Foley Is More Proof of Jets Draft Success

It’s a mark of how good the 2015 NHL Entry Draft was for the Winnipeg Jets that Erik Foley isn’t talked about more. After all, the third rounder would be a top-tier prospect on most teams.

A quick run-through of 2015 reveals just how jaw-droppingly good it was for the Jets. Kyle Connor fell into their laps at 17th overall, and he’s on pace for 25 goals and 50 points as a rookie.

At 25th overall, they nabbed Jack Roslovic. Roslovic was leading the AHL in scoring before being recalled and is one of the best forward prospects on any team’s list.

Second-round pick Jansen Harkins has had a rougher transition to the AHL but remains in the Jets plans for now. After all, a setback in his first full pro year is hardly grounds to panic on a player who was considered a first-round talent.

After Harkins, the Jets took Michael Spacek, (scoring regularly for the Manitoba Moose in his first AHL campaign) Mason Appleton (top-ten in AHL scoring as a rookie pro who left college years earlier than predicted) and Sami Niku, who’s early AHL success could be the subject of an entirely separate article.

But between Harkins and Spacek, nestled in between Sergey Zborovskiy and Samuel Montembeault, the Jets stole Erik Foley at 78. I say stole because, as his career at Providence College rolls along, Foley increasingly looks like a steal.

With 13 goals and 28 points in 22 games, Foley leads the Friars in scoring. He sits just outside the top-ten in NCAA scoring, but it’s his play of late that has people really sitting up and taking notice.

Foley’s play earned him player of the month honours for Hockey East in November. He’s barely missed a beat since, keeping up his torrid pace in the new year.

Foley Mixes Skill, Sandpaper

Foley’s skill is evident enough from his highlights and point totals. He put up 34 points in 36 games as a sophomore last year and won a gold medal at the World Junior Championships with team USA. This year, his offensive progress continues.

What you may not know about Foley if you’ve never seen him play is that the kid plays with an edge. Always willing to be physical and mix it up, Foley is a known pest. Even in Jets development camps he was driving the net in drills and mixing it up in the scrimmages.

Watching Foley at the camps, I remember thinking Foley and Brenden Lemieux approached the game similarly. Both play physical and at times on the edge, and never back down. The difference is that while Lemieux has a slower skating stride, Foley is a speedster as well.

Foley lacks Lemieux’s heavy shot (and heavy frame for that matter) but his grittiness is no less evident. This is the kind of guy who crashes the crease in a 2-on-1 drill or thumps a fellow prospect into the glass at camp.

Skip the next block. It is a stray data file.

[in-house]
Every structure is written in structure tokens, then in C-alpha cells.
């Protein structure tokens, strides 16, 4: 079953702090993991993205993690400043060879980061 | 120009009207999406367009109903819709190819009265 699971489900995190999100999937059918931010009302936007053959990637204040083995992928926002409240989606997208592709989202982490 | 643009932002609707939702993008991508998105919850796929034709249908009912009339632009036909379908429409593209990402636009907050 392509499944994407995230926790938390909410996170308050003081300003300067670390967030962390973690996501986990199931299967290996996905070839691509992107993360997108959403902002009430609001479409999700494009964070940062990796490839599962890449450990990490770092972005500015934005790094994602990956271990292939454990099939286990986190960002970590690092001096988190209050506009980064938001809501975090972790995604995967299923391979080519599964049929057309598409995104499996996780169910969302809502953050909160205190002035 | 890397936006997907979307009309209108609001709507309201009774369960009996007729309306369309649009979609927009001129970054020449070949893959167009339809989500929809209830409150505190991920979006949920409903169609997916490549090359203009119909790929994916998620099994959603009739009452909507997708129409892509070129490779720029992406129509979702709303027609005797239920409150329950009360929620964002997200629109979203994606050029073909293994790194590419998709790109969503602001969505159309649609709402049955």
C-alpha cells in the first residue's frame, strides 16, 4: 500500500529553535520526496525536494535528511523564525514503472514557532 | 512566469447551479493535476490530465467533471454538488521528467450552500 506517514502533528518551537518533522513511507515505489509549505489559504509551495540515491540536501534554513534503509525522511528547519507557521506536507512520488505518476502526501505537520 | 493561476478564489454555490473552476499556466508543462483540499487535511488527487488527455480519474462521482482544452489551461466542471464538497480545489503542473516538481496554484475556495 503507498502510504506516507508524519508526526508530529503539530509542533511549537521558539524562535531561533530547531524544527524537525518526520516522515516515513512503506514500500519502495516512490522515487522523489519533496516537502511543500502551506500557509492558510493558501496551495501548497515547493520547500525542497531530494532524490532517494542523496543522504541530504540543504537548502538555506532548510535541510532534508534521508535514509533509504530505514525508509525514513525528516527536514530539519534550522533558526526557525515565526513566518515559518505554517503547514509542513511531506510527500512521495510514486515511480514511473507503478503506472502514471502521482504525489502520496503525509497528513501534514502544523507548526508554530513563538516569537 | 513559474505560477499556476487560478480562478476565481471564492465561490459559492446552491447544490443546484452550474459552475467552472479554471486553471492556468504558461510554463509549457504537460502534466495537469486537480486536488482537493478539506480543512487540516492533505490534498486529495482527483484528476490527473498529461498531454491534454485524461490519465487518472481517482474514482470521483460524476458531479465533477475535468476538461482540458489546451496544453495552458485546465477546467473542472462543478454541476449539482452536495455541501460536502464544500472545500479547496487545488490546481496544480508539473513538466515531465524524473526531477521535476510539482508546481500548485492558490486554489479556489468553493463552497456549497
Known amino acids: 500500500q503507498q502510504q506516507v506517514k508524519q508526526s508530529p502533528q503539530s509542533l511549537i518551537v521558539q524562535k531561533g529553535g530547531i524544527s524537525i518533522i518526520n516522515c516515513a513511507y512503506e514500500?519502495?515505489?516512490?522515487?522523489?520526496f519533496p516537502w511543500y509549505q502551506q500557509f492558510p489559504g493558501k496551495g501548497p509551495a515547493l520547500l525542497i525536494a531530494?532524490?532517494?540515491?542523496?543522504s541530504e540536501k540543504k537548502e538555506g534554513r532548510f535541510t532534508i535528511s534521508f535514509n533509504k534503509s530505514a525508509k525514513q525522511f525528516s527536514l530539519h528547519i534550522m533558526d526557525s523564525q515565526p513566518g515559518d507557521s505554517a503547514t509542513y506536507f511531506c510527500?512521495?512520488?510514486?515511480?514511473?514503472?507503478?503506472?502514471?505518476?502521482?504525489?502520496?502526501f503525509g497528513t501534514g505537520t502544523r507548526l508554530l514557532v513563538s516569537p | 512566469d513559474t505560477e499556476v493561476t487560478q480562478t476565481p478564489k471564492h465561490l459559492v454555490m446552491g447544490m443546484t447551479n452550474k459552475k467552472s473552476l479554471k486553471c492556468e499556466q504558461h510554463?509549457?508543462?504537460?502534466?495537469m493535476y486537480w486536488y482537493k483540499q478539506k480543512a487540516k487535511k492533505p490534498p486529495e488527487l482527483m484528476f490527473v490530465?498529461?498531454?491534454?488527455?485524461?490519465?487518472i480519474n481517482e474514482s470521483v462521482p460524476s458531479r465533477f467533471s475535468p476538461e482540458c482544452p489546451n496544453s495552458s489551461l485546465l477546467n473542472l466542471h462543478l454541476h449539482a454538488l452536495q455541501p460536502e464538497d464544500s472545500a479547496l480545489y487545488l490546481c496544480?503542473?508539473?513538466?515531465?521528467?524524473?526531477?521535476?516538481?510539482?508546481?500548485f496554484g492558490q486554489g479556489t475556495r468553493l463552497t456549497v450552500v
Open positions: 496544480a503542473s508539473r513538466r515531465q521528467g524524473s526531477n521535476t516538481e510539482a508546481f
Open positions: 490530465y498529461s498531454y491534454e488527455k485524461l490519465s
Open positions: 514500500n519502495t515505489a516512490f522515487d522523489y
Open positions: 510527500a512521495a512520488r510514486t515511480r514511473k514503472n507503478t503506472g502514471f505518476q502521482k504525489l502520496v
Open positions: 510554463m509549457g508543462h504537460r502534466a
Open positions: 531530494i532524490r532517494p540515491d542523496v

Foley’s reputation as a shift-disturber may have turned some teams off him at the draft. He had 80 PIMS that year, and that’s a lot for a kid in the USHL. On the other hand, he also had 27 goals. Among first-time USHL draft-eligible forwards, only Kyle Connor and Brock Boeser had more.

That skill took some time to fully transfer over, as he put up 19 points in 36 games in his freshman year. Now, having gotten the transition period out of the way, Foley is starting to fly.

The Jets have a number of forward prospects who can agitate (again, Lemieux comes to mind). Foley’s skill level and speed, however, may make him unique among those would-be pests. Think Brandon Tanev but with better hands and perhaps even more nastiness.

With Foley set up for a great season production-wise and shaping up to be one of the NCAA’s leading scorers, it’s hard to believe he fell all the way to 78th overall. Hindsight is 2020, especially in drafting, but Foley was considered a shrewd pick at the time and has done nothing to convince pundits otherwise.

In fact, the entire Jets draft class of 2015 was viewed at the time as a brilliant group from top to bottom and not much has changed since then. If anything Foley’s stock has only risen.

What’s Next for Foley?

Foley could easily sign an entry-level contract with the Jets after he’s done this season in Providence. With little left to accomplish at the college level, he could jump to the Manitoba Moose right away.

We’ve seen in the past that college prospects typically have an easier time adjusting to the AHL than those that come out of major junior. Look at Appleton if you need proof. And the Moose, in line for a big playoff run, would love to add Foley.

Maybe Foley will decide, as Tucker Poolman did, to go back for one last run at a championship. Maybe Foley will want another year to develop into the best player he can be. It wouldn’t shock anybody.

World Junior Evaluation Camp
Providence College forward Erik Foley. Photo: Providence College Athletics

Right now, however, there would be nothing lost for Foley to turn pro after this season. His best years still await, and they await in the pros. Let him get started with the Moose and get some playoff action in, and then after that, who knows?

Whatever the future may hold, Foley is on pace to yet again vindicate the Jets scouting staff. The entire 2015 draft is looking like one big win for them right now, and Foley is a big part of it.